New Version of Bail Legislation Still Missing Needed Reforms
COLUMBUS — The ACLU of Ohio believes Substitute House Bill 439, introduced today in the House Criminal Justice Committee by Reps. Dever and Ginter, does not do enough to reduce wealth-based detention of innocent individuals and get people out of Ohio’s overcrowded jails. The legislation, which replaces the previous version of HB 439, reforms certain aspects of Ohio’s bail system, but does nothing to prevent judges from unconstitutionally using arbitrarily high money bonds to keep a person in jail, does little to reduce overreliance on money bail, and gives the bail bond industry—a group of profiteering insurance companies—a significant say in judicial bail determinations.
“HB 439 simply does not go far enough to reform our broken bail system,” said ACLU of Ohio Policy Counsel Caitlin Hill. “While we appreciate legislators working on this critical issue, there is broad bipartisan support in Ohio to end practices that leave low-income people languishing in jail. With already overcrowded jails and local communities bearing the financial brunt, now is the time for transformative changes to our justice system.”
The new version of HB 439 included some positive developments, such as clarifying that the new rules would apply to both misdemeanors and felonies. However, the substitute bill omitted a previous provision that explicitly prohibited the use of money bail if it was designed to keep the accused detained.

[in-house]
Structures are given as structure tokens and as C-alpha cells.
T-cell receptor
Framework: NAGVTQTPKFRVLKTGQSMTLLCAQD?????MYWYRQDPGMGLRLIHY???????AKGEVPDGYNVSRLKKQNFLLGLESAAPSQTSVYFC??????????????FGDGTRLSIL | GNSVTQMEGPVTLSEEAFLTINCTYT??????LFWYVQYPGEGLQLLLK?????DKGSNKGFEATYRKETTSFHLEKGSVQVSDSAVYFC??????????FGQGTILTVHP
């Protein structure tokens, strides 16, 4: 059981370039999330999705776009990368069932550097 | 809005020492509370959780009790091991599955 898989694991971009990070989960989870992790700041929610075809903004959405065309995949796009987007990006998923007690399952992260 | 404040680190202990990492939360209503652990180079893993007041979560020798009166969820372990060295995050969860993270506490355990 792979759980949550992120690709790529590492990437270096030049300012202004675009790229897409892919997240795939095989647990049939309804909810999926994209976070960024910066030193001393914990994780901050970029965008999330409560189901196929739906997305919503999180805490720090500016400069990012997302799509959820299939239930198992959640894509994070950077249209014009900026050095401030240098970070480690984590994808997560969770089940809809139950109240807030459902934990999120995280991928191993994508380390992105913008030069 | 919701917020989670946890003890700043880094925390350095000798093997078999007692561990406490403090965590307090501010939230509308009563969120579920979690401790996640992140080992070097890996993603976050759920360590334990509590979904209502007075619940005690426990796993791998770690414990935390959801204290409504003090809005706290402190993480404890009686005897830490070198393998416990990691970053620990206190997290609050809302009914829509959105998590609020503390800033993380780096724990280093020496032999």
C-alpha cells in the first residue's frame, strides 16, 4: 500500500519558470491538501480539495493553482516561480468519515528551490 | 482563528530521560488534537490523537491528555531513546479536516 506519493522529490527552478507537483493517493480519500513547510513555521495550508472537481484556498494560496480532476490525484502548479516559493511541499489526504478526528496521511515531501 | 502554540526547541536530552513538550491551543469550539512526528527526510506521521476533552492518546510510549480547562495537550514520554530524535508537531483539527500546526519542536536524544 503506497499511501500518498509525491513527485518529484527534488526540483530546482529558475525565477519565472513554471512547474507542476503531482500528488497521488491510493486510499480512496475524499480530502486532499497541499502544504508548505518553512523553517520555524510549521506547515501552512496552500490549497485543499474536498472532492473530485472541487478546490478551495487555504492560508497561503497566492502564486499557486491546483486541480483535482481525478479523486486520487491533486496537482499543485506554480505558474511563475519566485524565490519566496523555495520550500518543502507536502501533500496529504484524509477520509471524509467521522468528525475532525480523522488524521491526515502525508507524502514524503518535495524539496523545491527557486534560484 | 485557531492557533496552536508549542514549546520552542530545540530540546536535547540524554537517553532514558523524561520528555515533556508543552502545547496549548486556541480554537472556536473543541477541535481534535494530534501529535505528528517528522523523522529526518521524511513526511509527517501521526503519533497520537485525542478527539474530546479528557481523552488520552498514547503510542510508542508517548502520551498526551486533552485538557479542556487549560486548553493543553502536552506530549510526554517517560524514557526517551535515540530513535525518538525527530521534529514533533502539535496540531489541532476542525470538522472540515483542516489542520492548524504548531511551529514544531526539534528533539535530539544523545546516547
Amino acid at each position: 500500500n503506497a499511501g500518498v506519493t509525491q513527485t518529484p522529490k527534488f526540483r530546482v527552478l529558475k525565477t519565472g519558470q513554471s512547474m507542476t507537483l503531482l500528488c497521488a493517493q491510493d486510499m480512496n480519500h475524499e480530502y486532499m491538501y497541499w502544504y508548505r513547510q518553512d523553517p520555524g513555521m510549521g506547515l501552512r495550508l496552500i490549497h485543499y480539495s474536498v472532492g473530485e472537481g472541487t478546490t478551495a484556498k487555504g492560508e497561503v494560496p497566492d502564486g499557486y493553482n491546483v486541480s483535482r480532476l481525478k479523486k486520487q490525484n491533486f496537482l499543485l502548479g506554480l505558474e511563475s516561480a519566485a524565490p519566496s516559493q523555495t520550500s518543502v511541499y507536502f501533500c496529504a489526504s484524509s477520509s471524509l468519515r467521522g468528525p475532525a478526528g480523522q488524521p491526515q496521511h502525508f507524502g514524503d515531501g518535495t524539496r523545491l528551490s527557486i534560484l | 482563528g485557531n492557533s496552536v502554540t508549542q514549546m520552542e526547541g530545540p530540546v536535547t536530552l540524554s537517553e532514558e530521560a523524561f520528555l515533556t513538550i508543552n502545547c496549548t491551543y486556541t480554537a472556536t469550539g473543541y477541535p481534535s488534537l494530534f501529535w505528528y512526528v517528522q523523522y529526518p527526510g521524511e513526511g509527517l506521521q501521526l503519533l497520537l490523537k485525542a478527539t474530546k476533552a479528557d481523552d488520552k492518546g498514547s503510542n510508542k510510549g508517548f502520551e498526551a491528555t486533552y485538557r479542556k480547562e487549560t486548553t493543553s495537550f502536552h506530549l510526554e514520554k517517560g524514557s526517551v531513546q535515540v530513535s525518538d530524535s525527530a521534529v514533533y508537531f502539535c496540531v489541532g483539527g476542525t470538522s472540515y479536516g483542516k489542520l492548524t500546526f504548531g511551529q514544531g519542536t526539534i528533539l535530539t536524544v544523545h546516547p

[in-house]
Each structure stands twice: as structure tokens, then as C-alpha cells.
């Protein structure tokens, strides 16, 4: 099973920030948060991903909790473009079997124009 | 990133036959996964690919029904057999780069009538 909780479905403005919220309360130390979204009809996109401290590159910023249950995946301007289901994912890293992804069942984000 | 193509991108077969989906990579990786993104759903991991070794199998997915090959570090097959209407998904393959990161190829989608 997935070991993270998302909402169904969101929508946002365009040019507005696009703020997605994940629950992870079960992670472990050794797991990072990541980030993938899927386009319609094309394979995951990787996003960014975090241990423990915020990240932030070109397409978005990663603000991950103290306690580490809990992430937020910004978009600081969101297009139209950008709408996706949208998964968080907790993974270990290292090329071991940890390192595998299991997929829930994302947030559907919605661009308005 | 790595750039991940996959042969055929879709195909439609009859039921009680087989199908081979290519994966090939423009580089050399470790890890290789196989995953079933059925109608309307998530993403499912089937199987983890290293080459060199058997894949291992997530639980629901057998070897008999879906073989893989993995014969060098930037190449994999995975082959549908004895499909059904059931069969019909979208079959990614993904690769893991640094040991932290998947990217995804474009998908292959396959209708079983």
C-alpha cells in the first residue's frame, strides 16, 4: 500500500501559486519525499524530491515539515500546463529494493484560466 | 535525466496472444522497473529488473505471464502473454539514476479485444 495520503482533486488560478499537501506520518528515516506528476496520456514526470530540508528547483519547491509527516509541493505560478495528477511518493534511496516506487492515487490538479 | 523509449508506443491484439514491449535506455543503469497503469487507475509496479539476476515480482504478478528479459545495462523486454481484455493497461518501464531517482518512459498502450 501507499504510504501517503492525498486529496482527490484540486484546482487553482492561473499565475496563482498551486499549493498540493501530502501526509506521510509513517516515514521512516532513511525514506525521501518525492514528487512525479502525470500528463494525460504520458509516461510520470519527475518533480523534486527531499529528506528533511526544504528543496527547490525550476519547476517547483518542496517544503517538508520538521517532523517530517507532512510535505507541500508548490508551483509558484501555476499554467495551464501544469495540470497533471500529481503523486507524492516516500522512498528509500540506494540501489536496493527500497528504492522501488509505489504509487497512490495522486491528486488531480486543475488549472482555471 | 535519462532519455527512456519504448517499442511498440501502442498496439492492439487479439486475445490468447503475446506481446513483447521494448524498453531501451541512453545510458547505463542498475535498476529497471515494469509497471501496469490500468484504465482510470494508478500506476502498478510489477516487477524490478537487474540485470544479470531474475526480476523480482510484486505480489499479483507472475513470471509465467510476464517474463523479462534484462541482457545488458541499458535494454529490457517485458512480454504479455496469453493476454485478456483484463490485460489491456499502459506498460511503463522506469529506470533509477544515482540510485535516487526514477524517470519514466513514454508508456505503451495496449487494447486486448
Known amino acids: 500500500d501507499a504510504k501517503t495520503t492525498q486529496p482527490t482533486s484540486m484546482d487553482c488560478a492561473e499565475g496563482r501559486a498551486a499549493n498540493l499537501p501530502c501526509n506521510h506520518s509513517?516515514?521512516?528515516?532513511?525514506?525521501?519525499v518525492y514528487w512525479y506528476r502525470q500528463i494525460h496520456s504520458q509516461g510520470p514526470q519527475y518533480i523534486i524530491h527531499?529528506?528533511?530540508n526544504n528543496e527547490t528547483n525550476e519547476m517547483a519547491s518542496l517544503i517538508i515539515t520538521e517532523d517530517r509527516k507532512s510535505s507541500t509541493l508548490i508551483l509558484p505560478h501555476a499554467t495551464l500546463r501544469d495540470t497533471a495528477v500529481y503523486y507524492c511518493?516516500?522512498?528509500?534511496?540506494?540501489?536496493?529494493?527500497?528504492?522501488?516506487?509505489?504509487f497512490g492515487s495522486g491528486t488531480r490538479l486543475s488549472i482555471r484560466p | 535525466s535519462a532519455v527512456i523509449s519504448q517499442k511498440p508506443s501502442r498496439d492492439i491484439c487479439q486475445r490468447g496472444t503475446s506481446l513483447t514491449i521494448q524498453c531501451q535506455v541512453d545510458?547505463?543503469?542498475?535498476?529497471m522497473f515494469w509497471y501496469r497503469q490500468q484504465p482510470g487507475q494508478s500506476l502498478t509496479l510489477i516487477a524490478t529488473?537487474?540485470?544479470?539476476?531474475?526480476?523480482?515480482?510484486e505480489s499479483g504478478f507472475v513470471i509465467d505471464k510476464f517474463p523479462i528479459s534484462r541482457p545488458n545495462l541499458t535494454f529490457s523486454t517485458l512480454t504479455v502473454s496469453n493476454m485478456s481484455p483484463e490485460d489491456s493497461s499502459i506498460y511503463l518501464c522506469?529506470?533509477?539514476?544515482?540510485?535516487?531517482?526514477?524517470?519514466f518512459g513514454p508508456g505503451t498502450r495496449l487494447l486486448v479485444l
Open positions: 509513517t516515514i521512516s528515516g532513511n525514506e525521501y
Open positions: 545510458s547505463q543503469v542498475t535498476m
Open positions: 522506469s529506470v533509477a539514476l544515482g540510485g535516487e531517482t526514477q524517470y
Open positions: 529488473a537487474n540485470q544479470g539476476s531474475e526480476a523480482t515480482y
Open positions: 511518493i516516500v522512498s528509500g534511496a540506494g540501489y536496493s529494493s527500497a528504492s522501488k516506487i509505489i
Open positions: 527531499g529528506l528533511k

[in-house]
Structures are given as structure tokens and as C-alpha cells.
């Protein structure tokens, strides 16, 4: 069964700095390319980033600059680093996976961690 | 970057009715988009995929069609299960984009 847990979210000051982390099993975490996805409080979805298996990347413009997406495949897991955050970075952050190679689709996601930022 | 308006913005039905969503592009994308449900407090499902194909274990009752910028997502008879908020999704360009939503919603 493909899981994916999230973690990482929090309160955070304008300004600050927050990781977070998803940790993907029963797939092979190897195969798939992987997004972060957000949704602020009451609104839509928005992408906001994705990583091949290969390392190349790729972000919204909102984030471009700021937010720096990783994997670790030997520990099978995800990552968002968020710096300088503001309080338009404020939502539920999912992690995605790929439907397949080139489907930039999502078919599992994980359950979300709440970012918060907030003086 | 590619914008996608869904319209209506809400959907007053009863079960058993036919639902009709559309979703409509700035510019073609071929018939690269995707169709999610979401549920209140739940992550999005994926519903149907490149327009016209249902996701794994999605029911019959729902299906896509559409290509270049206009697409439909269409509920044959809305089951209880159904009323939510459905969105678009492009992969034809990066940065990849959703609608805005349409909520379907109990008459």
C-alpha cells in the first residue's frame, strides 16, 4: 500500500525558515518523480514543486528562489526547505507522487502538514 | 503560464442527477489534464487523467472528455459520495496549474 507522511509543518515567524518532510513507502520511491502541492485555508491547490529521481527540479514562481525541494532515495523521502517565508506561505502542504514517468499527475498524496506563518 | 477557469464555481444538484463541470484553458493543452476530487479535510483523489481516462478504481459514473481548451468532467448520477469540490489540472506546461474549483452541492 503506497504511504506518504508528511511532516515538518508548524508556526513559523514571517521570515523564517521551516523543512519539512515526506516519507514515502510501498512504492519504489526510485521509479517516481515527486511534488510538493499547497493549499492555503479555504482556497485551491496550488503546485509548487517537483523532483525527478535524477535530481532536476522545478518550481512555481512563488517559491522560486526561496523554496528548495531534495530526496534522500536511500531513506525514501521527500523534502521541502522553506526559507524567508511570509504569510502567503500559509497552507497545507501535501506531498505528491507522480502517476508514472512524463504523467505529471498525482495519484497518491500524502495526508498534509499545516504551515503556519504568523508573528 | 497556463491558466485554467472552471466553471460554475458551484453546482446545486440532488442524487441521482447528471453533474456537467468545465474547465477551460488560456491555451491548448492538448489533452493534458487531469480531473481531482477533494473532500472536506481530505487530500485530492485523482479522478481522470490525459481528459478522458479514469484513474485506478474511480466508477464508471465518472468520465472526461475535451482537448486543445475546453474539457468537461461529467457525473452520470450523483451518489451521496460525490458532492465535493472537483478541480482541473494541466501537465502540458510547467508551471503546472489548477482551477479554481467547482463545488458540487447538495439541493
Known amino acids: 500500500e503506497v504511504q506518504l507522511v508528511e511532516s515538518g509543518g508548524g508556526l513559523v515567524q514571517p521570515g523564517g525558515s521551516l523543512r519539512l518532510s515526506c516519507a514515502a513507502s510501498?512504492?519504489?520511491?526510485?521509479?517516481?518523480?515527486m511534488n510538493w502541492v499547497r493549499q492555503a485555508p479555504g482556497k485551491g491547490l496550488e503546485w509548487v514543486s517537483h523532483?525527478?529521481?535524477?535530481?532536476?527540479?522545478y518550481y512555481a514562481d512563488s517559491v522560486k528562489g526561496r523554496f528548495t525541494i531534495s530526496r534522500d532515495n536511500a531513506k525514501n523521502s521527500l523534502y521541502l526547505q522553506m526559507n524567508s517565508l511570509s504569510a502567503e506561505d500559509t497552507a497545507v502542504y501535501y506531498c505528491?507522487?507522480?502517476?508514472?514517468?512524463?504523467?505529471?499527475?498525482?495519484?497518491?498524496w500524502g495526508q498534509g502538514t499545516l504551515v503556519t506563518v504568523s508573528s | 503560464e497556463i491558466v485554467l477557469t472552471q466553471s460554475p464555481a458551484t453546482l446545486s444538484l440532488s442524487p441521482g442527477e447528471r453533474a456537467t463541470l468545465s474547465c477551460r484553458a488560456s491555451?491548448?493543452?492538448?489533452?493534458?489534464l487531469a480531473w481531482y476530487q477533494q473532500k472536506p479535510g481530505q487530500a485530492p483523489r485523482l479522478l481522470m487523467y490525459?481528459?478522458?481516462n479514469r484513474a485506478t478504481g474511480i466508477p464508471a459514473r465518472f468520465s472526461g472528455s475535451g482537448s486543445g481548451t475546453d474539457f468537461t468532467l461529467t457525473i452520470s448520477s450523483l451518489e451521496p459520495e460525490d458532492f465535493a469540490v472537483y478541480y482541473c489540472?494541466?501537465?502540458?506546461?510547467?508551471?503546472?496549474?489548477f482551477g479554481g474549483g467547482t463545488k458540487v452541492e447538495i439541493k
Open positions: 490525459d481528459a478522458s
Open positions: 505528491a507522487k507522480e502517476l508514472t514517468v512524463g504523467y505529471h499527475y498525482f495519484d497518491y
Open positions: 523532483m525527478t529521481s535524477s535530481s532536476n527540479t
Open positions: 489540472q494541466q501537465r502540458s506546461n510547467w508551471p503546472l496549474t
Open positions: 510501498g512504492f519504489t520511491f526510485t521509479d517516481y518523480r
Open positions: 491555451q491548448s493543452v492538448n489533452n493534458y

“Money should never be used as a means to keep a person incarcerated,” added Hill. “Under the current system, judges simply set high dollar money bonds and hope that the person does not have the financial means to be released. This does little to protect public safety, and leads to many people needlessly incarcerated. Rather than relying on money bail, judges should determine who truly must be kept in jail and utilize already existing procedures to keep that person incarcerated, no matter their wealth.”
These procedures, which include necessary due process rights for defendants, such as the right to a hearing, counsel, and appeal, follow basic constitutional principles laid down by the United States Supreme Court for the detention of pretrial defendants.
The bill also gives the corporate bail bond industry a say in judicial release decisions by mandating that the Ohio Supreme Court work and consult with representatives of the bail bond industry when validating risk assessment tools that courts will use when making bail determinations. “The bail bond industry makes billions of dollars in profits each year on the backs of low income, desperate individuals. Its interest in maintaining the status quo is obvious—tying a person’s freedom to how much money he has keeps bail bond agents in business and the shareholders happy,” stated Hill.
ACLU of Ohio will continue to monitor Sub HB 439 and advocate for better and fairer reforms to Ohio’s pretrial system.